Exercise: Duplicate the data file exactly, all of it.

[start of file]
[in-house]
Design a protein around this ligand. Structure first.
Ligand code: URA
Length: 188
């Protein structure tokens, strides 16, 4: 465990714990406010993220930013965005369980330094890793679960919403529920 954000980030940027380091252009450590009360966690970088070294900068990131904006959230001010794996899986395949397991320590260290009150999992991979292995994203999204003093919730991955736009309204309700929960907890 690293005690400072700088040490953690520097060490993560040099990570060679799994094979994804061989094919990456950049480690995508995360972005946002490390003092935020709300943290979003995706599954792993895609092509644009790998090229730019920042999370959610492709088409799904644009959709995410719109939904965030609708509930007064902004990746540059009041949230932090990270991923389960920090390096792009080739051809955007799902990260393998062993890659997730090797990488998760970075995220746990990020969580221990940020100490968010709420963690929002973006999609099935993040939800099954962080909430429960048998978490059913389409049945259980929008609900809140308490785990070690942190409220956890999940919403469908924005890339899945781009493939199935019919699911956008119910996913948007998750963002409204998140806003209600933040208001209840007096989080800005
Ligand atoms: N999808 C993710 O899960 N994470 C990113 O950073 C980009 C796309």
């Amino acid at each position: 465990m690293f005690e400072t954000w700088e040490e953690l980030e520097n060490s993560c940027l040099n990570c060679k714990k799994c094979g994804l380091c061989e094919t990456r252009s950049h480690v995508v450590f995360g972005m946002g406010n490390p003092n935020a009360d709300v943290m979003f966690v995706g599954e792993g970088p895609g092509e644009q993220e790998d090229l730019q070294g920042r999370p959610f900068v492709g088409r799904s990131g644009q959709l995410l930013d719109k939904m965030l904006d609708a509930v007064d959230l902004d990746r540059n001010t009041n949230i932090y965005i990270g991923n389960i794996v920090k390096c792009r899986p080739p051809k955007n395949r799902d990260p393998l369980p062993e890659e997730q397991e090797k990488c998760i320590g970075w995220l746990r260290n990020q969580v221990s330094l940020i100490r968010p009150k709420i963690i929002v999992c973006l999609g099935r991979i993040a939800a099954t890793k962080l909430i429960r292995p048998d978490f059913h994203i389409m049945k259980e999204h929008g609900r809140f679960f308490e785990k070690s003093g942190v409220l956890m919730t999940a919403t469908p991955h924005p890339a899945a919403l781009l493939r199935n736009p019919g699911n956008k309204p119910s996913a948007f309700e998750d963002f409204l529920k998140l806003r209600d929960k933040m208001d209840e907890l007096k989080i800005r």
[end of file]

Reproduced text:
[in-house]
Design a protein around this ligand. Structure first.
Ligand code: URA
Length: 188
């Protein structure tokens, strides 16, 4: 465990714990406010993220930013965005369980330094890793679960919403529920 954000980030940027380091252009450590009360966690970088070294900068990131904006959230001010794996899986395949397991320590260290009150999992991979292995994203999204003093919730991955736009309204309700929960907890 690293005690400072700088040490953690520097060490993560040099990570060679799994094979994804061989094919990456950049480690995508995360972005946002490390003092935020709300943290979003995706599954792993895609092509644009790998090229730019920042999370959610492709088409799904644009959709995410719109939904965030609708509930007064902004990746540059009041949230932090990270991923389960920090390096792009080739051809955007799902990260393998062993890659997730090797990488998760970075995220746990990020969580221990940020100490968010709420963690929002973006999609099935993040939800099954962080909430429960048998978490059913389409049945259980929008609900809140308490785990070690942190409220956890999940919403469908924005890339899945781009493939199935019919699911956008119910996913948007998750963002409204998140806003209600933040208001209840007096989080800005
Ligand atoms: N999808 C993710 O899960 N994470 C990113 O950073 C980009 C796309």
């Amino acid at each position: 465990m690293f005690e400072t954000w700088e040490e953690l980030e520097n060490s993560c940027l040099n990570c060679k714990k799994c094979g994804l380091c061989e094919t990456r252009s950049h480690v995508v450590f995360g972005m946002g406010n490390p003092n935020a009360d709300v943290m979003f966690v995706g599954e792993g970088p895609g092509e644009q993220e790998d090229l730019q070294g920042r999370p959610f900068v492709g088409r799904s990131g644009q959709l995410l930013d719109k939904m965030l904006d609708a509930v007064d959230l902004d990746r540059n001010t009041n949230i932090y965005i990270g991923n389960i794996v920090k390096c792009r899986p080739p051809k955007n395949r799902d990260p393998l369980p062993e890659e997730q397991e090797k990488c998760i320590g970075w995220l746990r260290n990020q969580v221990s330094l940020i100490r968010p009150k709420i963690i929002v999992c973006l999609g099935r991979i993040a939800a099954t890793k962080l909430i429960r292995p048998d978490f059913h994203i389409m049945k259980e999204h929008g609900r809140f679960f308490e785990k070690s003093g942190v409220l956890m919730t999940a919403t469908p991955h924005p890339a899945a919403l781009l493939r199935n736009p019919g699911n956008k309204p119910s996913a948007f309700e998750d963002f409204l529920k998140l806003r209600d929960k933040m208001d209840e907890l007096k989080i800005r």